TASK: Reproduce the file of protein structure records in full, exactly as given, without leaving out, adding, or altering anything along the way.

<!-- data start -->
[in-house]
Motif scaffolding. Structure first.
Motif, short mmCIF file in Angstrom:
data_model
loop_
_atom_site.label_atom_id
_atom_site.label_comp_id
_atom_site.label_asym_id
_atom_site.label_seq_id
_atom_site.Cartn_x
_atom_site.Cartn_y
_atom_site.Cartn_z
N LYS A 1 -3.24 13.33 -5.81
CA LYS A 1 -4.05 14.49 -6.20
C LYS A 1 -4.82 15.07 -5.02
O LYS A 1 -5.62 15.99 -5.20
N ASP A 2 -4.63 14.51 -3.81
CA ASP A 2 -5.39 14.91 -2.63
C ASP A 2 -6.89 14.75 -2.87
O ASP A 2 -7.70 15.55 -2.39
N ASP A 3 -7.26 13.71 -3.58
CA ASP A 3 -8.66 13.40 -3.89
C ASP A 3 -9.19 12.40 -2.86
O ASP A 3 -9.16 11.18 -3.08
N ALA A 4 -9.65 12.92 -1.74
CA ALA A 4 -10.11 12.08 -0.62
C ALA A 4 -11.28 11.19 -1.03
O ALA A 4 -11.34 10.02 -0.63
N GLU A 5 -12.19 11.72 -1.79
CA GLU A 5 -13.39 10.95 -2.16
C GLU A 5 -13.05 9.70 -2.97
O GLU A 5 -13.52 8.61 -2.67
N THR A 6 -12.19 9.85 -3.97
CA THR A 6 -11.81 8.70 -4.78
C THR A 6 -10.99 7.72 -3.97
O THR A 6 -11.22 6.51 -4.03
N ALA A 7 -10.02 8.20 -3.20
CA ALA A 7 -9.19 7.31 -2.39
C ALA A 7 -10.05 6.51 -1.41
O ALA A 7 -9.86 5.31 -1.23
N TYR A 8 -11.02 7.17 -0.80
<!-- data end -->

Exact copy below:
[in-house]
Motif scaffolding. Structure first.
Motif, short mmCIF file in Angstrom:
data_model
loop_
_atom_site.label_atom_id
_atom_site.label_comp_id
_atom_site.label_asym_id
_atom_site.label_seq_id
_atom_site.Cartn_x
_atom_site.Cartn_y
_atom_site.Cartn_z
N LYS A 1 -3.24 13.33 -5.81
CA LYS A 1 -4.05 14.49 -6.20
C LYS A 1 -4.82 15.07 -5.02
O LYS A 1 -5.62 15.99 -5.20
N ASP A 2 -4.63 14.51 -3.81
CA ASP A 2 -5.39 14.91 -2.63
C ASP A 2 -6.89 14.75 -2.87
O ASP A 2 -7.70 15.55 -2.39
N ASP A 3 -7.26 13.71 -3.58
CA ASP A 3 -8.66 13.40 -3.89
C ASP A 3 -9.19 12.40 -2.86
O ASP A 3 -9.16 11.18 -3.08
N ALA A 4 -9.65 12.92 -1.74
CA ALA A 4 -10.11 12.08 -0.62
C ALA A 4 -11.28 11.19 -1.03
O ALA A 4 -11.34 10.02 -0.63
N GLU A 5 -12.19 11.72 -1.79
CA GLU A 5 -13.39 10.95 -2.16
C GLU A 5 -13.05 9.70 -2.97
O GLU A 5 -13.52 8.61 -2.67
N THR A 6 -12.19 9.85 -3.97
CA THR A 6 -11.81 8.70 -4.78
C THR A 6 -10.99 7.72 -3.97
O THR A 6 -11.22 6.51 -4.03
N ALA A 7 -10.02 8.20 -3.20
CA ALA A 7 -9.19 7.31 -2.39
C ALA A 7 -10.05 6.51 -1.41
O ALA A 7 -9.86 5.31 -1.23
N TYR A 8 -11.02 7.17 -0.80